Talk:Wikimedia Blog/Drafts/MoodBar Study

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I think this has a lot of really interesting information, but it's a little too long and elaborate for a blog post (that's one big problem with drafting blog posts on the wiki – you're tempted to use level 3 headers and then all of a sudden you've got a documentation page, not a blog post). Does the average reader really need to know details like all users registered between 2011-12-14 00:00:00 UTC and 2012-05-22 23:59:59 UTC or that you analyzed the edit count of these users at 1, 2, 5, 10, and 30 days after they first clicked “Edit”? People who really want to know that stuff can go read the Meta pages; I think the average reader will be interested in 3 basic things: what is the MoodBar/FeedbackDashboard, what did you analyze, and what do the results mean?

So, practically speaking, I would suggest cutting down the general "history of the MoodBar" to a short paragraph, and combining the second and third section into one or two paragraphs on what you analyzed and what you found. You can probably take out the first list in "what we found" and just use the "in summary" part, because that's more easily digestible. Also, maybe just use one figure instead of two? (I like Fig. 2 more.)

Lastly, I would strongly recommend a lead section before general history or anything else that summarizes the entire post in a sentence or two. Any journalist-y person you talk to will tell you that you'll lose your entire readership if you don't tell them exactly what you're talking about and why it matters in the first couple of sentences of a blog post. This shouldn't be a research question, but more of a question and answer like: "We wanted to see what effect MoodBar has on new users, and so far we've found that users who posted feedback and received a helpful response were more likely to be productive, active contributors." Maryana (WMF) (talk) 17:37, 27 June 2012 (UTC)[reply]

I added the lead section and cut down the unnecessary bits and pieces. I am not sure about removing Fig. 1 (I also like Fig. 2 more) because it lets the reader appreciate the difference between MoodBar vs non-MoodBar users. Fig. 2, instead, contains only MoodBar users. Let me know what do you think of it. Junkie.dolphin (talk) 21:45, 28 June 2012 (UTC)[reply]
  • Yes, that's a great lead! :)
  • I don't think it's really a big deal if you want to include both figures, but my instinct is always less rather than more, keeping in mind people's blog-reading attention span :-P
  • One last thing: I don't think the "How you can help" section is all that necessary – since this is all still pretty experimental, it seems odd to actively herd people into responding to feedback. And this post is more about the experimental/research side of MoodBar, anyway. You might want to save that section for a later post in this series. Maryana (WMF) (talk) 22:50, 28 June 2012 (UTC)[reply]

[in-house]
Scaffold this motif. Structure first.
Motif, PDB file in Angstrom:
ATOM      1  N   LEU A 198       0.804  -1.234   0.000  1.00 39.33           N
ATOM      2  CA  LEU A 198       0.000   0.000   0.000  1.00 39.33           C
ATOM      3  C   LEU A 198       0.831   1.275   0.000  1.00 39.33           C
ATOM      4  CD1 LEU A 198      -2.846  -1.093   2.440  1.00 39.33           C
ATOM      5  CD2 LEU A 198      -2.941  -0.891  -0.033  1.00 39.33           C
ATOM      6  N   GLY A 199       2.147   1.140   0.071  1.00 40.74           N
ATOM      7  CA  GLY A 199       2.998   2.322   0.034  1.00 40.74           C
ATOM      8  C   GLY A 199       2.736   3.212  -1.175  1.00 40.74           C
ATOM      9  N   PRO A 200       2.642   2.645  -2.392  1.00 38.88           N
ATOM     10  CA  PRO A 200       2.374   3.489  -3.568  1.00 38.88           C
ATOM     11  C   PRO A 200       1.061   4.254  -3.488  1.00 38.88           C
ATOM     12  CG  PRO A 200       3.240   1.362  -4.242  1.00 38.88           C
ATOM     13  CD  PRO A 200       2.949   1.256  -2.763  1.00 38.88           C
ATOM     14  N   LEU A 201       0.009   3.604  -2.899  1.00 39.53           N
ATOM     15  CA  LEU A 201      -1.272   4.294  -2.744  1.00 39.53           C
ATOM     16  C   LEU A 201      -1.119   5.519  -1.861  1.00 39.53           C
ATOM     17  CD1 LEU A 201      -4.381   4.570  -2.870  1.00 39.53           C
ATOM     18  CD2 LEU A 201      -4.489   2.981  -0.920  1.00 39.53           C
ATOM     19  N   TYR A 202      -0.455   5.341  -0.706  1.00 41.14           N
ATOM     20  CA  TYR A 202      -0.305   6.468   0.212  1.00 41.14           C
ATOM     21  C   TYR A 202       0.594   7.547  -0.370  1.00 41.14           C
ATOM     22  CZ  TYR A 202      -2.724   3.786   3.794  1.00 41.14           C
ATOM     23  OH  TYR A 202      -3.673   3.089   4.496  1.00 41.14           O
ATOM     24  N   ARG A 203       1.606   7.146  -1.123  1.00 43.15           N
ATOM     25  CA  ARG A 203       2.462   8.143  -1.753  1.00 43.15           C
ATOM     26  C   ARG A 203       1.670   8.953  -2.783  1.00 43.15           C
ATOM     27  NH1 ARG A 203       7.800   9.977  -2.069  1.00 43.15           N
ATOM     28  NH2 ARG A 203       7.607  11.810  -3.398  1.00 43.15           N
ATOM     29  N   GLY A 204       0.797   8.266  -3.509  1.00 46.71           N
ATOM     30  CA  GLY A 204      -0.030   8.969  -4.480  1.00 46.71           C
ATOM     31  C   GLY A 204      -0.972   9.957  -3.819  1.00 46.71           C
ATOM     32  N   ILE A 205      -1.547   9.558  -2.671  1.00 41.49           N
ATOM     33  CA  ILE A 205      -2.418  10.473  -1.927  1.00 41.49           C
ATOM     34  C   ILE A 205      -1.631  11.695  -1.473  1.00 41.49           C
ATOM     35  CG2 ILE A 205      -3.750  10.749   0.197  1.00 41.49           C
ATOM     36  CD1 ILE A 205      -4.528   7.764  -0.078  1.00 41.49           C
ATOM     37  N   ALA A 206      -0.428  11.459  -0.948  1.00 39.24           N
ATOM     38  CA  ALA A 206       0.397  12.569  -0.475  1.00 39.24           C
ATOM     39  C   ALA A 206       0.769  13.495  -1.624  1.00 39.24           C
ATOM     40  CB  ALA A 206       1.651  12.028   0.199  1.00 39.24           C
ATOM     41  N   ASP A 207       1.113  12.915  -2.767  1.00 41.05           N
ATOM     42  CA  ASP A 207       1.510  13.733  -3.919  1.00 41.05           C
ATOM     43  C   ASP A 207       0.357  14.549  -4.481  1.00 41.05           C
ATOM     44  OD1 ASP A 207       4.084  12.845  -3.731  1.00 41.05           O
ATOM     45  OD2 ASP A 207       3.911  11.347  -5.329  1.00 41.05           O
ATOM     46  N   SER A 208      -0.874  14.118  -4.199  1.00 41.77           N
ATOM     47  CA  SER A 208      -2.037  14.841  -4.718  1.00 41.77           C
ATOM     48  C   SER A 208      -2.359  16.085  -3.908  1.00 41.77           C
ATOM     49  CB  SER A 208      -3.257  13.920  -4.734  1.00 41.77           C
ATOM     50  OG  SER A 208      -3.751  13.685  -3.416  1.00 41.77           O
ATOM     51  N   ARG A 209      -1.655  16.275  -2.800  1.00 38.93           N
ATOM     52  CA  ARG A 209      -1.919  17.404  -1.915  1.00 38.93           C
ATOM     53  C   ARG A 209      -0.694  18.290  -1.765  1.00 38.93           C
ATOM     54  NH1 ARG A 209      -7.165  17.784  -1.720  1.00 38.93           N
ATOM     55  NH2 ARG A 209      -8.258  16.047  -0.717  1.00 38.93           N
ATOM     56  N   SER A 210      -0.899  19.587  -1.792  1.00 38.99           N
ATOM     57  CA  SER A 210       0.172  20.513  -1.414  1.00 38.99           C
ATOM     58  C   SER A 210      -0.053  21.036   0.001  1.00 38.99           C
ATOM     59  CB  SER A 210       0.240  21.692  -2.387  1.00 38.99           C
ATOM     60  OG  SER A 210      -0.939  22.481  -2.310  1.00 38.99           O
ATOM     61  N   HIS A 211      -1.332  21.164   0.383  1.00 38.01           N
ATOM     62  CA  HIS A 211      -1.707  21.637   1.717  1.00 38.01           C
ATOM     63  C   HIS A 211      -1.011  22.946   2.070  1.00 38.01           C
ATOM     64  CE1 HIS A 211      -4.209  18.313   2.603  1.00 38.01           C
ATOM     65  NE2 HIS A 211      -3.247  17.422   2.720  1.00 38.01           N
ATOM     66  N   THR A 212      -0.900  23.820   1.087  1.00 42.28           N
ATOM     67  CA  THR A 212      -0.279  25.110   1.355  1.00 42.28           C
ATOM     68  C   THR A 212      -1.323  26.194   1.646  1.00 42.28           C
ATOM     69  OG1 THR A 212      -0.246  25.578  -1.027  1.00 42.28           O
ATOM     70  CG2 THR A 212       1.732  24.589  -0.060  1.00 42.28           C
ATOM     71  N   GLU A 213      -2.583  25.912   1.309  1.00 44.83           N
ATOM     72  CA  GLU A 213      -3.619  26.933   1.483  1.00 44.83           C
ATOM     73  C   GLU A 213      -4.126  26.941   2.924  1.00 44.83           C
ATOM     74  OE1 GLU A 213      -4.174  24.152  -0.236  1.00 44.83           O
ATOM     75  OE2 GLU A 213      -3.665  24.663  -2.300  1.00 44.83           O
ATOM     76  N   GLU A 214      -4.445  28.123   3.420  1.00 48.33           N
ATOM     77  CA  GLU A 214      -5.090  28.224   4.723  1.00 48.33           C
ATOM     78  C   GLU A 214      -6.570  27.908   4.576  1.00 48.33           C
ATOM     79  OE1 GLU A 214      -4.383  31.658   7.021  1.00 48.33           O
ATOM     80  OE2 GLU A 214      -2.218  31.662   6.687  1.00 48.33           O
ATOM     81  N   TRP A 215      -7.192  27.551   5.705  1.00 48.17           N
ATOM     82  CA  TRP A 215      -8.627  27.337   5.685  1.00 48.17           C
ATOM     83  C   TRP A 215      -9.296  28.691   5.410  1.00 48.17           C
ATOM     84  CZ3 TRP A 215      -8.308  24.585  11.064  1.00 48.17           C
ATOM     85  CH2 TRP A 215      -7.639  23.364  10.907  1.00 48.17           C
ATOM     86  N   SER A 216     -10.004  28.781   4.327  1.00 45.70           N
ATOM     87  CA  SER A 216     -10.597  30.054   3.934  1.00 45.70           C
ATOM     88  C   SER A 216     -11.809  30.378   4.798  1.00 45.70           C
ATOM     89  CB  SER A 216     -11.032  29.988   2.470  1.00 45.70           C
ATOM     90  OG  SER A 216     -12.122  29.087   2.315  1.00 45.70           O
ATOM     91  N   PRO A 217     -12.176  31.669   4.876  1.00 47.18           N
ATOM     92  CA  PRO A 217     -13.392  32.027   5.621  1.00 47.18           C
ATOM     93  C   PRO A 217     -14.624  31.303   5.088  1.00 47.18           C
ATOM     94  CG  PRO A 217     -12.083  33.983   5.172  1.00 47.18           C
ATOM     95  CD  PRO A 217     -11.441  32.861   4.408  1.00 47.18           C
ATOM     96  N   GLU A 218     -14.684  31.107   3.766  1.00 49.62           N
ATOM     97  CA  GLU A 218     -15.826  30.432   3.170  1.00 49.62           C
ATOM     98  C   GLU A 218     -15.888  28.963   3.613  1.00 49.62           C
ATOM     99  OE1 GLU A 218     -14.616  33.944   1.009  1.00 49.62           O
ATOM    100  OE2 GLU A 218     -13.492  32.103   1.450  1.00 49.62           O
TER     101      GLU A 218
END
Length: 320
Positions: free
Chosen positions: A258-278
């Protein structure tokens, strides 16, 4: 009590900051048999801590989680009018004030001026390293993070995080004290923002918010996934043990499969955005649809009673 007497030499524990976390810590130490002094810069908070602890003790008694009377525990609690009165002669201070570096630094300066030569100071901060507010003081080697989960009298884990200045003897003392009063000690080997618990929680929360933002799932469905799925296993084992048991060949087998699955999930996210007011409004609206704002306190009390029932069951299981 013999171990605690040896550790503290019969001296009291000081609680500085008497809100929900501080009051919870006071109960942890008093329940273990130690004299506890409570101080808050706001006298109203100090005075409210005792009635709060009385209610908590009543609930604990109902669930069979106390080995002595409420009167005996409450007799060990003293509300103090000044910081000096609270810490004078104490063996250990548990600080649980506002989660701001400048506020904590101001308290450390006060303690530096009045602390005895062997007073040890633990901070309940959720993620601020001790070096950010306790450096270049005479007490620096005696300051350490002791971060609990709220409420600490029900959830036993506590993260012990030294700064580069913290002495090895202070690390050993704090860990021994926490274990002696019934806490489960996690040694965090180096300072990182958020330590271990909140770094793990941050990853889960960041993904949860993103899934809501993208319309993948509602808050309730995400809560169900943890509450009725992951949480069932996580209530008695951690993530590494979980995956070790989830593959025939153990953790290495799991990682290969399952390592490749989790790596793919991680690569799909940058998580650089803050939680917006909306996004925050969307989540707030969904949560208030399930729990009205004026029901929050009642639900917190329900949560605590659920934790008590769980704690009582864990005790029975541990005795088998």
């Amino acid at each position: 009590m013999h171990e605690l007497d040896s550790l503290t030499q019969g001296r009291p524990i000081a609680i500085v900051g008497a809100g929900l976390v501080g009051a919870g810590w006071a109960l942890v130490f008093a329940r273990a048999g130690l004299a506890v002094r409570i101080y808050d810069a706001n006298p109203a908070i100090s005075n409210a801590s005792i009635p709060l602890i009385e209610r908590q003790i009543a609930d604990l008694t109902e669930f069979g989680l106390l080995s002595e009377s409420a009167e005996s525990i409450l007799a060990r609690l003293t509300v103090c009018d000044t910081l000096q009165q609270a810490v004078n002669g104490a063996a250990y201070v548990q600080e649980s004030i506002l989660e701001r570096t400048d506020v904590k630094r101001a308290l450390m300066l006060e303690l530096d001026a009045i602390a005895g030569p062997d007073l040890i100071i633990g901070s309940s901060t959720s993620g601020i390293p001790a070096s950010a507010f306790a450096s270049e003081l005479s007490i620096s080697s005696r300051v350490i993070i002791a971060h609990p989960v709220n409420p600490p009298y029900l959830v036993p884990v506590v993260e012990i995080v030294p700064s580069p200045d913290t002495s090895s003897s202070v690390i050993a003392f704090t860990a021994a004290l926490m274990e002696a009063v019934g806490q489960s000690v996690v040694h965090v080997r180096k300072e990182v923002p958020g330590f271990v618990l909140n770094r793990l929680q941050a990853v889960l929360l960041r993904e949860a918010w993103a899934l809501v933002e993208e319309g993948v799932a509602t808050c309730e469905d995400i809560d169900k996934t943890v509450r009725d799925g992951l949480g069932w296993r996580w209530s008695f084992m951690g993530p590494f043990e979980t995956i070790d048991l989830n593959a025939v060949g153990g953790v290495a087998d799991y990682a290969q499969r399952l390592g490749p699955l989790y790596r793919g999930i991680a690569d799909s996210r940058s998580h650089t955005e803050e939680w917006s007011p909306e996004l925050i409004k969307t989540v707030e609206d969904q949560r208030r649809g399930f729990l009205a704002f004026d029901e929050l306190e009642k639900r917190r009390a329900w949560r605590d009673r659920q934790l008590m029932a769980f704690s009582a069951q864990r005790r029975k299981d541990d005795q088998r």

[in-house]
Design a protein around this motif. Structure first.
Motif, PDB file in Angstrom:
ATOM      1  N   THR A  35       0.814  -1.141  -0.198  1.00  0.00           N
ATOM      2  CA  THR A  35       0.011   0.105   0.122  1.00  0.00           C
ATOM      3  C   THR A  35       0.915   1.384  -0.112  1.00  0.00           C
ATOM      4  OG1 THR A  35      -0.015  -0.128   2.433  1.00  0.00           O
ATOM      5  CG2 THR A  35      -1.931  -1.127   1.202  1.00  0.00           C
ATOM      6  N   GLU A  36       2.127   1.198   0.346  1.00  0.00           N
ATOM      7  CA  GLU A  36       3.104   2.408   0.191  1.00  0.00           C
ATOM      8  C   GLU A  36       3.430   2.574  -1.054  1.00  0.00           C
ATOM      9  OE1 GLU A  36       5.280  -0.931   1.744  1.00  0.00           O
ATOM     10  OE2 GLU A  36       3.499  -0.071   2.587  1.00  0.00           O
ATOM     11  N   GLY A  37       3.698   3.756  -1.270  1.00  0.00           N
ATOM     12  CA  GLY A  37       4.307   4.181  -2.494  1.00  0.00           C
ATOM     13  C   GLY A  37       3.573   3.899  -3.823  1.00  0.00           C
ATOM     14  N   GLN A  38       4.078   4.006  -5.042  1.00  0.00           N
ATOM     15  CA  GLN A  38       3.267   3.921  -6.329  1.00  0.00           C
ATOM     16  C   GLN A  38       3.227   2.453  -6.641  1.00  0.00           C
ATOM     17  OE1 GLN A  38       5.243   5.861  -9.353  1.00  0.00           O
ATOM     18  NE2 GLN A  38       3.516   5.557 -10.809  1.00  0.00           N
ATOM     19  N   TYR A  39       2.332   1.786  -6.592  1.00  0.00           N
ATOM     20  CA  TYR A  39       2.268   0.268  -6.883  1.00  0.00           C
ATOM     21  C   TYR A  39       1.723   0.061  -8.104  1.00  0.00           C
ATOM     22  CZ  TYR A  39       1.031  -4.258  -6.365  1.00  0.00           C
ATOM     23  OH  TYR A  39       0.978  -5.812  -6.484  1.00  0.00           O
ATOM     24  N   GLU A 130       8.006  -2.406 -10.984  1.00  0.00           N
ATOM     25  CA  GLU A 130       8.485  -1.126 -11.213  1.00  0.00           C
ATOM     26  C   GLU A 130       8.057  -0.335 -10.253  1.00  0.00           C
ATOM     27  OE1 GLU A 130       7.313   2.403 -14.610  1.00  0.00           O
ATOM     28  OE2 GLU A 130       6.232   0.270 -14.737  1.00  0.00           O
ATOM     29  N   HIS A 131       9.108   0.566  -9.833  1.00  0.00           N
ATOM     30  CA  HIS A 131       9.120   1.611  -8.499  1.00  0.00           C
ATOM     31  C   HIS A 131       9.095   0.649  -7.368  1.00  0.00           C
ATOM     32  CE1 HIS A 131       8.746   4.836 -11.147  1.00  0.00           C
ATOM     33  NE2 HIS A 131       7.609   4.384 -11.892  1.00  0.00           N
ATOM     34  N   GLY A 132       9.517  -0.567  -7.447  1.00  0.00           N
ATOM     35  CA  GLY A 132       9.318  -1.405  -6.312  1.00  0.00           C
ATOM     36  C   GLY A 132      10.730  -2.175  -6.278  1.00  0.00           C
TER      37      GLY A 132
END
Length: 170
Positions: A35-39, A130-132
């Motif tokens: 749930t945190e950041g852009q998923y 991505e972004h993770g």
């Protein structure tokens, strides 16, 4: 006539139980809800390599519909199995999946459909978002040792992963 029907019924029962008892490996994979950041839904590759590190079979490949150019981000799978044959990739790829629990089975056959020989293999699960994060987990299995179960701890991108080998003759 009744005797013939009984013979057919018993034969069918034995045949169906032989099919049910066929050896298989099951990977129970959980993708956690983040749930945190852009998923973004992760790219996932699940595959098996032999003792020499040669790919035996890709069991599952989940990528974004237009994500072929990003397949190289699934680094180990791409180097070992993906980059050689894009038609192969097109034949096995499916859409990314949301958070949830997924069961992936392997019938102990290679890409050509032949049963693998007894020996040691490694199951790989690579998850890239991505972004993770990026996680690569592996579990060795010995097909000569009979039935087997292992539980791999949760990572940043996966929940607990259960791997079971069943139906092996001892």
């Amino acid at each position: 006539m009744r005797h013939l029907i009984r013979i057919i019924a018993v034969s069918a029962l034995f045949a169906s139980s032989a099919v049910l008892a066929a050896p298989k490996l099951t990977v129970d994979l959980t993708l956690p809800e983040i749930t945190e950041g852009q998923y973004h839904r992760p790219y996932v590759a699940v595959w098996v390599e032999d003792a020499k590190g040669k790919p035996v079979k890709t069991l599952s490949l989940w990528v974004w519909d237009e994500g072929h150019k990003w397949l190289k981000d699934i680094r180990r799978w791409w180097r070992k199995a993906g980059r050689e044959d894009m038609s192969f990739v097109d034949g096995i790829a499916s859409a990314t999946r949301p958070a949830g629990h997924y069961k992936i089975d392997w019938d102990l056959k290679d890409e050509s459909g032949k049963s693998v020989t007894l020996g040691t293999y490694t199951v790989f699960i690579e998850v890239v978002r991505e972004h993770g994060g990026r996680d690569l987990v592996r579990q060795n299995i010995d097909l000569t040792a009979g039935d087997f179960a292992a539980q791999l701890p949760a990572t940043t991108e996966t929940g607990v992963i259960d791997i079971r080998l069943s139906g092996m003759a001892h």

I'm concerned about including the LOESS smoothed figure in a public posting because it appears to convey much more confidence than it actually does. Do you have a plot of means with error bars or some other type that the educated lay-reader may find more familiar? I'm also really surprised that the activity level of editors appears to go up across the first month. This also appears to contradict your analysis from last summer for low frequency editors (the most common type). --EpochFail (talk) 00:42, 4 July 2012 (UTC)[reply]
Do you mean MoodBar users or all users? The 30-days avg editcount difference for the reference group is negligible, but I'll let Giovanni comment on this. --DarTar (talk) 00:25, 5 July 2012 (UTC)[reply]
If you check the report we have the full version of Figure 1 (in the blog post we decided to put its rightmost panel only), which is what you are asking for, that is the conditional means by day and treatment -- only not broken down by mood type. Breaking down by mood type would be easy, but what would it tell you more than Figure 2? The means would be very close to the LOESS prediction anyway, only you don't get the nice approximation for the rest of the interval. I can try to produce a version of Figure 2 with means and errorbars by mood type superimposed to the LOESS to give you an idea, if you want. Regarding the lifecycle analysis from last summer, it does not seem to me that these findings contradict it. The curves in Figure 1 and 2 refer to the cumulative edit count, while the lifecycle plots refer to the daily edit count, so it is normal that the former only grow and the latter either increase or decrease. Or do you refer to the slopes of the LOESS estimates?? But they look slightly concave to me. Anyway if you see the orange bar in Figure 1 of the full report, you will see that in the first 30 days the average editcount for all active users (that is a subset of the people I took into account last summer) grows in the first month by (what I would say is) at most 2 edits. It seems consistent with a distribution of the daily edit count that is inflated with zeros (most people do not do any edit most of the days) and that has some large outliers (the very active users). Junkie.dolphin (talk) 08:22, 5 July 2012 (UTC)[reply]

Helpful or useful?[edit]

Can the two terms be merged for simplicity? --EpochFail (talk) 00:20, 4 July 2012 (UTC)[reply]

"Active editors"[edit]

It may just be my work in studying the decline talking, but I'm worried that the term "active editor" is confusing since it is used in WMF statistics to describe the number of editors who perform at least 5 edits per month. Further, it appears to me that the term "active editors" is inappropriate since many such users have never completed an edit during the observation period. Why not just refer to them as "no feedback" users? Is there something else that makes them different than users who leave feedback? --EpochFail (talk) 00:25, 4 July 2012 (UTC)[reply]